Sunday, April 24, 2005

Sex Is Bad Because It Is Not All Mine

I swear I'm not being faux-naive about this. Assuming you're not a religious nutter (and granted, in the US this is an assumption that will be wrong roughly 90% of the time), why exactly is sex bad?

The Observer today reports smugly on the crusade of 80's-vintage-Screw-Magazine-journo-turned-fat-assed-suburban-Dadbot Gil Reavill to call a halt to the pornification of our culture. Seems Reavill, having got his own personal rocks sufficiently off in Bonfire-era New York when he was still young enough to pull ('I enjoyed everything New York in the 1980s could throw at me when I worked at Screw. It threw quite a lot'), has decided that there is now entirely too much off-getting going on for his wrinkled rocks to stand by and watch. Sex is now too mainstream, too public: ''Whether we want it or not, we are inundated, saturated, beaten over the head with sex ... it's egregious, it's out of control, it's too much.'

What seems terribly obvious to me, though apparently not to the Observer, is how egregiously this begs the question. Too much sex is bad because it's...too much. But too much what? Why do Reavill and his non-overtly-religiose ilk think more sex is bad? Do they think sex itself is bad? Is it bad in a group setting? OK to do/think about/talk about in private but alchemically made naughty in public? There are no clear predicates for their condemnation, just this utterly woolly invocation of pernicious excess.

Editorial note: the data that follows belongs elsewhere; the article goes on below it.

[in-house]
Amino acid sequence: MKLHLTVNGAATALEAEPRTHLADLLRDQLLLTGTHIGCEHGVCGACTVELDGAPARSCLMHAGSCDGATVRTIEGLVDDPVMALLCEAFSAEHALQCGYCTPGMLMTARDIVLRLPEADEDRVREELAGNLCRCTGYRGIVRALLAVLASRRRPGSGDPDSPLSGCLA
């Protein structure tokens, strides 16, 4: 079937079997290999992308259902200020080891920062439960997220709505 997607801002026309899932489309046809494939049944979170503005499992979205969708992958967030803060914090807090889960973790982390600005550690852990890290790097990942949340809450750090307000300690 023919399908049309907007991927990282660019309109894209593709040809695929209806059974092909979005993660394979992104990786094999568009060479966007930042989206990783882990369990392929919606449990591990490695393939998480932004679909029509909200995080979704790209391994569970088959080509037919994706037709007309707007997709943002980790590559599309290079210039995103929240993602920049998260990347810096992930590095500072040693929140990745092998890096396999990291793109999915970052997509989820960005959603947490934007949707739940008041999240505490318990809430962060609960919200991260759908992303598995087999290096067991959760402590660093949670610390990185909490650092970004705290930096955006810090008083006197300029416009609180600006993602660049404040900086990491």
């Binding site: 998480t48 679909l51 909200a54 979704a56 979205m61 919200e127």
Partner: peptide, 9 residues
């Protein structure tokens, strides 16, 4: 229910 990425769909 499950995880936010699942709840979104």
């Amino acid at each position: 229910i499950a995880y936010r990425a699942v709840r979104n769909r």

The other two camps in the anti-societal-sexification lobby are a lot easier to engage with. The god-botherers genuinely do think sex is naughty and shameful, in private too but certainly and at all times in public. These are the people for whom poor Janet's modishly-accoutred tit constituted a crisis of instantaneous-Decency-Commission-necessitating proportions, and their numbers are legion. I get them.

Then there are the people like--ha! I just almost said 'the people like Prince'! OK, there are, um, Prince, plus people who also think things similar to things Prince thinks (I think), namely that the barrage of sex is desensitizing: 'Back then, the sexiest thing on TV was "Dynasty," and if you watch it now, it's like "The Brady Bunch."' By this reasoning, the sex-positive anti-public-sex crusader could argue that, like wanking too often too hard, all this exposure is numbing our delicate nerve endings for private enjoyment of the good stuff. This too makes a kind of sense, albeit a weirdly prescriptive kind.

But an anti-sex manifesto by a man who happily peddled the dirt in his salad days, and now peddles his crypto-puritan ass under the banner 'sex industry insider (and concerned father)'? Revulsion and withering scorn are vying for control of my gag reflex.

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